A Visit to the Churchill War Rooms


It is said that there are numerous secrets buried under London’s surface. While some of these rumored treasures remain a mystery, the once classified sprawling underground network called the Cabinet War Rooms, referred to today as the Churchill War Rooms, in Westminster, was revealed to the public in 1984.

This is where Britain’s wartime Prime Minister, Winston Churchill planned and coordinated war strategies while the Blitz raged on overhead. There is an eerie nostalgia to the rooms – you can almost smell the cigars.

Today it is also a must-visit for every Londoner.


The Churchill War Rooms were built in expectation of the onset of the war; completion was reached only days before the war was officially declared on the 3rd of September, 1939.

Unlike Hitler’s bunker in Germany, the Cabinet Rooms were not really built as a shelter from scratch. These rooms were almost “stitched” (for lack of a better term) together from basement rooms underneath buildings which were chosen for their structural strength, with the central building sitting right at the center of Whitehall.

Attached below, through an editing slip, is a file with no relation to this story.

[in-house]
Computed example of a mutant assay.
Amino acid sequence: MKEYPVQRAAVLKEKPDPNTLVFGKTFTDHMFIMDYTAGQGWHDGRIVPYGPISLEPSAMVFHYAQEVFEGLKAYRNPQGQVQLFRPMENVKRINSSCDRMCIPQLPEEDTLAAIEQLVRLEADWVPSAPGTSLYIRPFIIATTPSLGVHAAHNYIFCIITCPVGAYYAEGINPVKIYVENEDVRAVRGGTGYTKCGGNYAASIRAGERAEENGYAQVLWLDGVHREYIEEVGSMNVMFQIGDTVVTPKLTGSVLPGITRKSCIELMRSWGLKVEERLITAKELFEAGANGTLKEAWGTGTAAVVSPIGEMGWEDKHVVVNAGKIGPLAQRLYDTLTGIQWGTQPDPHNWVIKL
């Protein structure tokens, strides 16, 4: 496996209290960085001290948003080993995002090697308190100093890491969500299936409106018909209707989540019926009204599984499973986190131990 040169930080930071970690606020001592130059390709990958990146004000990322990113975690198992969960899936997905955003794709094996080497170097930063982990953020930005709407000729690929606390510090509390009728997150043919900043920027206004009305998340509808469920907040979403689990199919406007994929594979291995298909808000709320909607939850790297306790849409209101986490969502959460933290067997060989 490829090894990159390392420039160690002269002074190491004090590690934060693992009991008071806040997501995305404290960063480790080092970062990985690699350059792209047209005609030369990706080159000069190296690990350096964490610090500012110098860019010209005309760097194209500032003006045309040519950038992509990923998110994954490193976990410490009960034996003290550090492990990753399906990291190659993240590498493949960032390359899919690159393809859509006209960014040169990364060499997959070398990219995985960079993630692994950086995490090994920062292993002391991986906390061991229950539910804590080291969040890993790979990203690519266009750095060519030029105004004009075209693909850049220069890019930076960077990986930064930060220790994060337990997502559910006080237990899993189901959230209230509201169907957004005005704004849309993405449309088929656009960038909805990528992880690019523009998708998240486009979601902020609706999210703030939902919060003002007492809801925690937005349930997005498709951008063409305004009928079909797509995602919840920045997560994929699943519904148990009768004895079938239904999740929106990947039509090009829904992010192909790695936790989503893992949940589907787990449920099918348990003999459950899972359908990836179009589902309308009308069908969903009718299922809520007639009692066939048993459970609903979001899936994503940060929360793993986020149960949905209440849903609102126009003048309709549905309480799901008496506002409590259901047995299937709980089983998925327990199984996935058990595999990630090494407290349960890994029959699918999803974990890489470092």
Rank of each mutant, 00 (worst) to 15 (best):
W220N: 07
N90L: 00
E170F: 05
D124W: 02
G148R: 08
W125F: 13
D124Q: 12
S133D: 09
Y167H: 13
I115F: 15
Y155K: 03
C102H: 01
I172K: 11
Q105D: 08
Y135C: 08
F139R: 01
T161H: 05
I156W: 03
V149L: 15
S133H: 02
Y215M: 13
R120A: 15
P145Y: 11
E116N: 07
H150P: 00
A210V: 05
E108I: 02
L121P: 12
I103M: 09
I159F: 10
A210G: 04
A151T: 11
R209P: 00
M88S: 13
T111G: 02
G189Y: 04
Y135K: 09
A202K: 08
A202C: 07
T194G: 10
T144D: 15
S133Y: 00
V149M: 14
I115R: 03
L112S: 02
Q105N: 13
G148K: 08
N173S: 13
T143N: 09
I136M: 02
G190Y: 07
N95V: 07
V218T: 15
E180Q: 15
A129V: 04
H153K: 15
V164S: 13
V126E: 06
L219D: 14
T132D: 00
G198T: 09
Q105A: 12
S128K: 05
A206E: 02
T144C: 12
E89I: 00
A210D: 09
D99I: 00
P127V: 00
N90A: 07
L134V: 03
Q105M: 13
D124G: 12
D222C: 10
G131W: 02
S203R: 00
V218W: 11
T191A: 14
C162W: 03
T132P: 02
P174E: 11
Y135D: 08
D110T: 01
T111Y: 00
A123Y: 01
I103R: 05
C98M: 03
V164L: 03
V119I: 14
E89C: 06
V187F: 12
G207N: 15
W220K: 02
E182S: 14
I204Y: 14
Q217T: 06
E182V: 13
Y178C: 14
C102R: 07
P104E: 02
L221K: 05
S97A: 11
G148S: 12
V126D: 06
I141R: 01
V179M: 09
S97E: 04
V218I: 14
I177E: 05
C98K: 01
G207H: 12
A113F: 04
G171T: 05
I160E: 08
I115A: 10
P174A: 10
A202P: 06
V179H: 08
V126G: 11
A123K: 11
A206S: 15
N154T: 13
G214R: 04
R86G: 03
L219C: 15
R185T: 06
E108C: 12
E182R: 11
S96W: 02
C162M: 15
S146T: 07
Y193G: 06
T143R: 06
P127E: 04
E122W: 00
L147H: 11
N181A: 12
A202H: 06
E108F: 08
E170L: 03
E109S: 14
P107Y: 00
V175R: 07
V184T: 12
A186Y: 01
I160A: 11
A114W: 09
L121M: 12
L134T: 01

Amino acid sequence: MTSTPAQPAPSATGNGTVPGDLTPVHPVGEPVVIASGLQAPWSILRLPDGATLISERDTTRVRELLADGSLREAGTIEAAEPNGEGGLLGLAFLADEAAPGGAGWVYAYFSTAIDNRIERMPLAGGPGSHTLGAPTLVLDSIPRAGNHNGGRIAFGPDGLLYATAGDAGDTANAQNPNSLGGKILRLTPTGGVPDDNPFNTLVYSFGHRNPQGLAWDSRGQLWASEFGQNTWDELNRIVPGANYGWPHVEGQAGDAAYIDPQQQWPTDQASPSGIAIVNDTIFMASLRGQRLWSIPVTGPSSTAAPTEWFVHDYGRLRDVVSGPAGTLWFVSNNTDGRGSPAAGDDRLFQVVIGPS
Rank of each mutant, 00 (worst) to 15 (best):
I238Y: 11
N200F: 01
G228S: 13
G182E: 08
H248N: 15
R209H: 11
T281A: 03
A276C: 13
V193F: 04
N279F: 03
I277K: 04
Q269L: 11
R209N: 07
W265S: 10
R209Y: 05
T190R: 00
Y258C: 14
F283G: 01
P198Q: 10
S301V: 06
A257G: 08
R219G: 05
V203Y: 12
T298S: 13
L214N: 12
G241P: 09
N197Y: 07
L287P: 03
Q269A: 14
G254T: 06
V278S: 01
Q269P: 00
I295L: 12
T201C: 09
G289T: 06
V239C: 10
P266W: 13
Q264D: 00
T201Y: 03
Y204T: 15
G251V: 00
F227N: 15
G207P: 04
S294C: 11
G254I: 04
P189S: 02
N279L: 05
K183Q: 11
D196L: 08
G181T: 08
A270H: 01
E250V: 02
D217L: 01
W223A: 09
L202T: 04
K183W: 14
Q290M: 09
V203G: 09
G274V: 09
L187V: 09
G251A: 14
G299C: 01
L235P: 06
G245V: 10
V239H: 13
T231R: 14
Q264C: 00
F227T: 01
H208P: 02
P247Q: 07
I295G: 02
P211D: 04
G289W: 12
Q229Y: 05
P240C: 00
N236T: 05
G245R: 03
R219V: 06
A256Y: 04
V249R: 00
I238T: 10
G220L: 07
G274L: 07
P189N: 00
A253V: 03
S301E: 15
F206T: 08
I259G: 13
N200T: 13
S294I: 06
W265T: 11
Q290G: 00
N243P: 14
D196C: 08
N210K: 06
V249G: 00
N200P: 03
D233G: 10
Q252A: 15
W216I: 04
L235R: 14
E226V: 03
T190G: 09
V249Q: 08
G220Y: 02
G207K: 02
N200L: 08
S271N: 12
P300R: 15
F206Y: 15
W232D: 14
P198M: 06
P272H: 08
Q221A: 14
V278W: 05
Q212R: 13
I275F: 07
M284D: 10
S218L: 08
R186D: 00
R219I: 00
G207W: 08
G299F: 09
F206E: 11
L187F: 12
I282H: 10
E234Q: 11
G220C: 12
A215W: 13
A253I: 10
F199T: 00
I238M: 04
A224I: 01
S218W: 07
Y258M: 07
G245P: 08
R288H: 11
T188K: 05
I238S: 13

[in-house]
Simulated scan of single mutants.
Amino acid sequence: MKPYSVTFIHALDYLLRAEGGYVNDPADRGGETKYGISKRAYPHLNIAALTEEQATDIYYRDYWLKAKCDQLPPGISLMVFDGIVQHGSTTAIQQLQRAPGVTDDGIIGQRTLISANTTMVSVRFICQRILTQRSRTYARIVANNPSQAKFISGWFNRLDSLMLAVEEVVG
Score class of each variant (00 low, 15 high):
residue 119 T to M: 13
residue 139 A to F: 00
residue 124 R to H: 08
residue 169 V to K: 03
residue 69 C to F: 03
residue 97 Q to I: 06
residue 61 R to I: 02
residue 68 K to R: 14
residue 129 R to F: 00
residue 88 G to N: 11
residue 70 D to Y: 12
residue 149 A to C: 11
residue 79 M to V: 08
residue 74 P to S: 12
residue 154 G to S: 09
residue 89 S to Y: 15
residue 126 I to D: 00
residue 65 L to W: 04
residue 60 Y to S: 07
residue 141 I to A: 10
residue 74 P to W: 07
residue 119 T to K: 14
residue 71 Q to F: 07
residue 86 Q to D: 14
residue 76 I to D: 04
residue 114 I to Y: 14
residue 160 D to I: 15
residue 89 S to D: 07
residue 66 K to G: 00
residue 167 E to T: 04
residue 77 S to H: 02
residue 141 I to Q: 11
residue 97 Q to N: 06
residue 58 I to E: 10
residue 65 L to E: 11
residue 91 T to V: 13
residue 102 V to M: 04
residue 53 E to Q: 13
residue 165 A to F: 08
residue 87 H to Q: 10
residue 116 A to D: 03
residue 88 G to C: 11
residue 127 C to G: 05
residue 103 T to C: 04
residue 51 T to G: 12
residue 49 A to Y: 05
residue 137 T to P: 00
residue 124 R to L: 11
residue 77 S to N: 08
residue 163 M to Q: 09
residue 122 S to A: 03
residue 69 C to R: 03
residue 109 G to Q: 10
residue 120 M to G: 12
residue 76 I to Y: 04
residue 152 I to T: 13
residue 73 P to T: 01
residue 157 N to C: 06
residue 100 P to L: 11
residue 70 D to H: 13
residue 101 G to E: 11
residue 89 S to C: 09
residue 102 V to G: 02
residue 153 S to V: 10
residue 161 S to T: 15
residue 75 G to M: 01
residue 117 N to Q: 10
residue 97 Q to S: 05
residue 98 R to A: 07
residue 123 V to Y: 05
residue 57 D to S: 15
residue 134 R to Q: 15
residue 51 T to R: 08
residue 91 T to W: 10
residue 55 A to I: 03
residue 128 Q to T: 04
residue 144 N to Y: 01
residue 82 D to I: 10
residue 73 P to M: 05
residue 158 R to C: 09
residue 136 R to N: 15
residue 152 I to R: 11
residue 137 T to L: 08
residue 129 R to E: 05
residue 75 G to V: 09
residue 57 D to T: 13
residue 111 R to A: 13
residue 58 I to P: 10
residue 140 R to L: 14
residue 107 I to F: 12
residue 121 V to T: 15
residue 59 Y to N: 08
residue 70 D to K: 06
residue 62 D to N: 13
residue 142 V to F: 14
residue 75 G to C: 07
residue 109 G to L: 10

Almost as an afterthought, a concrete slab of up to 3 meters thick was inserted between the ceilings and the rooms. This, however, would not have meant much in the case of an actual bomb finding its way to the top of it.

There was no air filtration system, prevention against flooding or protection in case of forced entry by the enemy.

The essence of the Cabinet Rooms was in its secrecy.


Taking a step inside the Churchill War Rooms is like taking a step back in time, to a period when Churchill’s enigma and leadership raised the hopes of millions. 

You can visit Churchill’s study, the war rooms where he strategised with his advisors, his bedroom, and more.

The price of admission is 19£ and the Churchill war Rooms are open every day from 9.30am to 6pm, including Bank Holidays. Note that the last admission is at 5pm


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